As the chart below shows, the last two times the VIX has taken a run at 20 (late October and late November), stocks have responded by selling off and spiking volatility. It is possible that a VIX of 20 may still be something that investors are not yet ready to accept (availability bias), but with historical volatility hovering around 16 and the long-term trend in the VIX still moving downward, it is likely just a matter of time before we see a VIX in the 19s.
In addition to the absolute levels of the VIX, one must always watch relative VIX levels, which is where the moving average envelopes come in. Displayed as a blue zone in the middle of the trading range on the chart, the 10 day simple moving average envelopes make it easy to identify when the VIX is extended to the high side or the low side. While the 20 level has been well out of the moving average envelopes for the last two drops in the VIX, that is not likely to be the case going forward. This sets the possibility of a battle between the absolute VIX (support at 20) vs. the relative VIX (support at the bottom of the envelope) in the near future, with an increased likelihood that the 20 level does not hold the next time around.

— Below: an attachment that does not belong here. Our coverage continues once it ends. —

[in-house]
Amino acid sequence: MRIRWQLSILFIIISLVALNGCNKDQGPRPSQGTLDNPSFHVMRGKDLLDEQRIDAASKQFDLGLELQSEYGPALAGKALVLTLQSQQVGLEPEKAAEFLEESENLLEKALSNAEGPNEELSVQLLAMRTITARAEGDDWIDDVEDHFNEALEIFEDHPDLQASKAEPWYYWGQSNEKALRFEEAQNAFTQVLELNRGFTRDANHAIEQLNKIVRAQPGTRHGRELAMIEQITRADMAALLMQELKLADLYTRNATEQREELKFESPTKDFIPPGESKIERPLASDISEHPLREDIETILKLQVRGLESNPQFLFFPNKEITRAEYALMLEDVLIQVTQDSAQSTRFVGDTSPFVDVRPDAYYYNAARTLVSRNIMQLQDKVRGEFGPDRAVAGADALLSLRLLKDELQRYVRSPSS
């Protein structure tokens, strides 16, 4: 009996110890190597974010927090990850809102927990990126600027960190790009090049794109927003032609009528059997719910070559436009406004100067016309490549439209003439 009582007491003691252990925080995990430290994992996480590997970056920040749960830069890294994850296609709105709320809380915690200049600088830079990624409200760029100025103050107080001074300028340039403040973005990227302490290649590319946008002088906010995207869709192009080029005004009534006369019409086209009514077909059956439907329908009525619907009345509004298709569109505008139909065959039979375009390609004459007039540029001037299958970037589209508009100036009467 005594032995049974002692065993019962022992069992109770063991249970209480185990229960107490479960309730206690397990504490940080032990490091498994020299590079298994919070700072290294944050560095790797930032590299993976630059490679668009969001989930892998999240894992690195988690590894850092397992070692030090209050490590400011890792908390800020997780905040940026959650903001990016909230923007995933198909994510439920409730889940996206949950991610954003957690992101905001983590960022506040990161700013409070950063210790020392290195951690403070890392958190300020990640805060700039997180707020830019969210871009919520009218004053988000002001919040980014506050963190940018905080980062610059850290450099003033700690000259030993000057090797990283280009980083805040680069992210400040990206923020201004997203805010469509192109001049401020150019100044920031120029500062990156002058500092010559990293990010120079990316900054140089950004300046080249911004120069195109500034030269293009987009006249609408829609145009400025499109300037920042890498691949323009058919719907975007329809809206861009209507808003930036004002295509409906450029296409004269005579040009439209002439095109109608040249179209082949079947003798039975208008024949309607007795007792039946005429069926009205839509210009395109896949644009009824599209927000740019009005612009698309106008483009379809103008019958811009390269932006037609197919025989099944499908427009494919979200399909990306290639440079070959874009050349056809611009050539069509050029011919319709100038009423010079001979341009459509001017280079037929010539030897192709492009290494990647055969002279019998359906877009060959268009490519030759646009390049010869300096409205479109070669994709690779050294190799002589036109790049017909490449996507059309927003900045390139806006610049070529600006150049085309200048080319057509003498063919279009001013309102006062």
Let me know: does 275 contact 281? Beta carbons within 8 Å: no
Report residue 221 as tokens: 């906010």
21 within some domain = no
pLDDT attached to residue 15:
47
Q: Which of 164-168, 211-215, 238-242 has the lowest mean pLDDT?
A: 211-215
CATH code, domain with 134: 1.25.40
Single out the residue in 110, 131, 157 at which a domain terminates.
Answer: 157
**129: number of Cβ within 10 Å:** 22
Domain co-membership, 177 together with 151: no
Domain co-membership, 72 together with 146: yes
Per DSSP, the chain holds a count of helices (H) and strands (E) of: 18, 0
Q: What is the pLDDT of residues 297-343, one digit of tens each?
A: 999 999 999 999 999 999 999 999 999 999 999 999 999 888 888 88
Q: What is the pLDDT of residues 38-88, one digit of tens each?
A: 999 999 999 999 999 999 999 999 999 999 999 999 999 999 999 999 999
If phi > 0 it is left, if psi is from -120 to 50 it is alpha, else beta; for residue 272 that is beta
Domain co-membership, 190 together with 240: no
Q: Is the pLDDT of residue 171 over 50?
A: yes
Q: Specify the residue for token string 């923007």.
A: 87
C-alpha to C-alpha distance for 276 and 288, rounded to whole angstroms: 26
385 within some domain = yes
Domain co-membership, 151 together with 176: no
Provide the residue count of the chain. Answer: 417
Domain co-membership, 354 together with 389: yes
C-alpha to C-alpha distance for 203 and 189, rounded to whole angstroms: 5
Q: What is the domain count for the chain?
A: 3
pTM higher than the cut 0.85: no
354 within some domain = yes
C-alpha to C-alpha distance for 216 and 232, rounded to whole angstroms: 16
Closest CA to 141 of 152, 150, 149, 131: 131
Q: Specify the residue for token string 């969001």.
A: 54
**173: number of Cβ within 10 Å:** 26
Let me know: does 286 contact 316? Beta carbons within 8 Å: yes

Finally, it is that time of year where I feel compelled to remind everyone that seasonal factors also indicate that volatility should be moving lower. I have discussed the holiday effect several times in the past in this space and essentially the historical pattern calls for the VIX to hold relatively steady for the first two weeks of December, then drop sharply (probably about 1.5 points at current levels) as Christmas approaches.
For more on these subjects, readers are encouraged to check out: